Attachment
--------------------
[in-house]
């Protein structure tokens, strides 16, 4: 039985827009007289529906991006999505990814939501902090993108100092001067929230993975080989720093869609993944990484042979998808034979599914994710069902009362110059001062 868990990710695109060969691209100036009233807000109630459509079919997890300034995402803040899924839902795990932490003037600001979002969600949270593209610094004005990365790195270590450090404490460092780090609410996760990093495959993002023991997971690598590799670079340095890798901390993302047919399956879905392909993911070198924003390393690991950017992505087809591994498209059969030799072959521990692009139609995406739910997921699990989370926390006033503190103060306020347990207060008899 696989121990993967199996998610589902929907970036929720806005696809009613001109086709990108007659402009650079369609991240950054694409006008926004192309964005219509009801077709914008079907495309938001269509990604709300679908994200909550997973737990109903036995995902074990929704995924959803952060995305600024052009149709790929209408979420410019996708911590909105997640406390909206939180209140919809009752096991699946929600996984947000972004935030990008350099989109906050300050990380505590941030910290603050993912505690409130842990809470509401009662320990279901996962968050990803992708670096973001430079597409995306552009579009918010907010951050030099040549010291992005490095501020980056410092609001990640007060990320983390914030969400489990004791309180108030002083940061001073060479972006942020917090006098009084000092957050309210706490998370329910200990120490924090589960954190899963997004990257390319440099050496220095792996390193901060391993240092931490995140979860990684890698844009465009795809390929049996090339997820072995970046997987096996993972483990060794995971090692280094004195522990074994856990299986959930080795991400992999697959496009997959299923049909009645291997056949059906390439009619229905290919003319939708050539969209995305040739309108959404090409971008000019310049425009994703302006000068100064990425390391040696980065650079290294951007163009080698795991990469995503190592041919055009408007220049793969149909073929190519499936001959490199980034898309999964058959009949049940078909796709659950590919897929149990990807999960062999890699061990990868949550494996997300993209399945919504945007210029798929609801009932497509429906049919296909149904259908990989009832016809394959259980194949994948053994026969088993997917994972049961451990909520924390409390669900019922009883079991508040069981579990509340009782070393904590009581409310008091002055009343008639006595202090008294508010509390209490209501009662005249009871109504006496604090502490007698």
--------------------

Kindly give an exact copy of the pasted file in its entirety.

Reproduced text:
[in-house]
């Protein structure tokens, strides 16, 4: 039985827009007289529906991006999505990814939501902090993108100092001067929230993975080989720093869609993944990484042979998808034979599914994710069902009362110059001062 868990990710695109060969691209100036009233807000109630459509079919997890300034995402803040899924839902795990932490003037600001979002969600949270593209610094004005990365790195270590450090404490460092780090609410996760990093495959993002023991997971690598590799670079340095890798901390993302047919399956879905392909993911070198924003390393690991950017992505087809591994498209059969030799072959521990692009139609995406739910997921699990989370926390006033503190103060306020347990207060008899 696989121990993967199996998610589902929907970036929720806005696809009613001109086709990108007659402009650079369609991240950054694409006008926004192309964005219509009801077709914008079907495309938001269509990604709300679908994200909550997973737990109903036995995902074990929704995924959803952060995305600024052009149709790929209408979420410019996708911590909105997640406390909206939180209140919809009752096991699946929600996984947000972004935030990008350099989109906050300050990380505590941030910290603050993912505690409130842990809470509401009662320990279901996962968050990803992708670096973001430079597409995306552009579009918010907010951050030099040549010291992005490095501020980056410092609001990640007060990320983390914030969400489990004791309180108030002083940061001073060479972006942020917090006098009084000092957050309210706490998370329910200990120490924090589960954190899963997004990257390319440099050496220095792996390193901060391993240092931490995140979860990684890698844009465009795809390929049996090339997820072995970046997987096996993972483990060794995971090692280094004195522990074994856990299986959930080795991400992999697959496009997959299923049909009645291997056949059906390439009619229905290919003319939708050539969209995305040739309108959404090409971008000019310049425009994703302006000068100064990425390391040696980065650079290294951007163009080698795991990469995503190592041919055009408007220049793969149909073929190519499936001959490199980034898309999964058959009949049940078909796709659950590919897929149990990807999960062999890699061990990868949550494996997300993209399945919504945007210029798929609801009932497509429906049919296909149904259908990989009832016809394959259980194949994948053994026969088993997917994972049961451990909520924390409390669900019922009883079991508040069981579990509340009782070393904590009581409310008091002055009343008639006595202090008294508010509390209490209501009662005249009871109504006496604090502490007698």